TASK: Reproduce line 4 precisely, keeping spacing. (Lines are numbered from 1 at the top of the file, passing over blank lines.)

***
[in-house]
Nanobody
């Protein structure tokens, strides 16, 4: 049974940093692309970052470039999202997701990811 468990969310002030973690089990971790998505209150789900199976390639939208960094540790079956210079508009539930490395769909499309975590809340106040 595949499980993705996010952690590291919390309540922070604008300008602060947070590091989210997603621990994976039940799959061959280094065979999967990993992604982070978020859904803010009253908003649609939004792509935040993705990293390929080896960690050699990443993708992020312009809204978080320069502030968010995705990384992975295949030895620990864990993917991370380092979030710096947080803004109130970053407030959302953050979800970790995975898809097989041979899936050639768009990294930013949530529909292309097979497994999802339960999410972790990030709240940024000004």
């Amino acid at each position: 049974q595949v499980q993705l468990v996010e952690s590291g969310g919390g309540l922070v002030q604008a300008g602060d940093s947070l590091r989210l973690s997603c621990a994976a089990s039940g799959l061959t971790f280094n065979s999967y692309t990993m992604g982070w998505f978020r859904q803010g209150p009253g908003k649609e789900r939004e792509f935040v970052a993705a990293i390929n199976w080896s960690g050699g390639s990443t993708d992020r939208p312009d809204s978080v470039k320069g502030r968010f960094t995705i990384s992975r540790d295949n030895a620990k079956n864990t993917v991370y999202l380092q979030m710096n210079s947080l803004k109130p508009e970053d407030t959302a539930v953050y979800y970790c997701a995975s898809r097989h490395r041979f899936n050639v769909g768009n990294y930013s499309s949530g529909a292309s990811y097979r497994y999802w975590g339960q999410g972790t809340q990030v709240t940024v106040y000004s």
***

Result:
């Amino acid at each position: 049974q595949v499980q993705l468990v996010e952690s590291g969310g919390g309540l922070v002030q604008a300008g602060d940093s947070l590091r989210l973690s997603c621990a994976a089990s039940g799959l061959t971790f280094n065979s999967y692309t990993m992604g982070w998505f978020r859904q803010g209150p009253g908003k649609e789900r939004e792509f935040v970052a993705a990293i390929n199976w080896s960690g050699g390639s990443t993708d992020r939208p312009d809204s978080v470039k320069g502030r968010f960094t995705i990384s992975r540790d295949n030895a620990k079956n864990t993917v991370y999202l380092q979030m710096n210079s947080l803004k109130p508009e970053d407030t959302a539930v953050y979800y970790c997701a995975s898809r097989h490395r041979f899936n050639v769909g768009n990294y930013s499309s949530g529909a292309s990811y097979r497994y999802w975590g339960q999410g972790t809340q990030v709240t940024v106040y000004s």